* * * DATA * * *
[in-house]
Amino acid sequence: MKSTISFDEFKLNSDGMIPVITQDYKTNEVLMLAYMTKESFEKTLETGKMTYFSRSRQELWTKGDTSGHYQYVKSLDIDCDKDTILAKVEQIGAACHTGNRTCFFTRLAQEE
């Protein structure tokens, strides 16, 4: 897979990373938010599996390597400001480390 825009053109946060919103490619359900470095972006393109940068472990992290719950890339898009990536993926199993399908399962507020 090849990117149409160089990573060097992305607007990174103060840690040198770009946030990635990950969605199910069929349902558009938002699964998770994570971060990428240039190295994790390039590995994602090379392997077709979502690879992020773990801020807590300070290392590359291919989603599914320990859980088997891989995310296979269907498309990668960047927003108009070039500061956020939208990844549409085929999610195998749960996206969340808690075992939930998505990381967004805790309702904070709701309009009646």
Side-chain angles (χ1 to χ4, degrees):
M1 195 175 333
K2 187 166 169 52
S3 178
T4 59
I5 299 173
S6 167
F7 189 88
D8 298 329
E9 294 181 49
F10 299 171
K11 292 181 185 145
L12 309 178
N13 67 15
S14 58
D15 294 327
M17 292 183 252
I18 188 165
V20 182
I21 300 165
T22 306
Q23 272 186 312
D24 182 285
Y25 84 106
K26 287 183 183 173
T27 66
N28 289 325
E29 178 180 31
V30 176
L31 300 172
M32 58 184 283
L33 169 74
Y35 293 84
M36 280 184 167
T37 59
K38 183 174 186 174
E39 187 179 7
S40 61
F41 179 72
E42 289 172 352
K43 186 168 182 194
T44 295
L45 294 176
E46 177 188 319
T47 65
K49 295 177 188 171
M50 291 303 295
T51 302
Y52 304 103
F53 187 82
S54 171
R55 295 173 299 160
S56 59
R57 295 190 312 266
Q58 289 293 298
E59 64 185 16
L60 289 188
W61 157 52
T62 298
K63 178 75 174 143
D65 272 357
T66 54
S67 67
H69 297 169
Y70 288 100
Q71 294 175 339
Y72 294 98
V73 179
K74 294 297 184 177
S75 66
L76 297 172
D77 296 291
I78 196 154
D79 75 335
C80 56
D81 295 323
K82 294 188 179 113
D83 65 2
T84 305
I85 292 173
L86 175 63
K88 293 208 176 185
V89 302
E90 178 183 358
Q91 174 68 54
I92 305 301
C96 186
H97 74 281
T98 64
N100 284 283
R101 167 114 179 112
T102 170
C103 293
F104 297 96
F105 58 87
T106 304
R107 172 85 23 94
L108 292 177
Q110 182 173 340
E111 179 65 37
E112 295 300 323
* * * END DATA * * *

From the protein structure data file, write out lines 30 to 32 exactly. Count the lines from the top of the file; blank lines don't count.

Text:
N28 289 325
E29 178 180 31
V30 176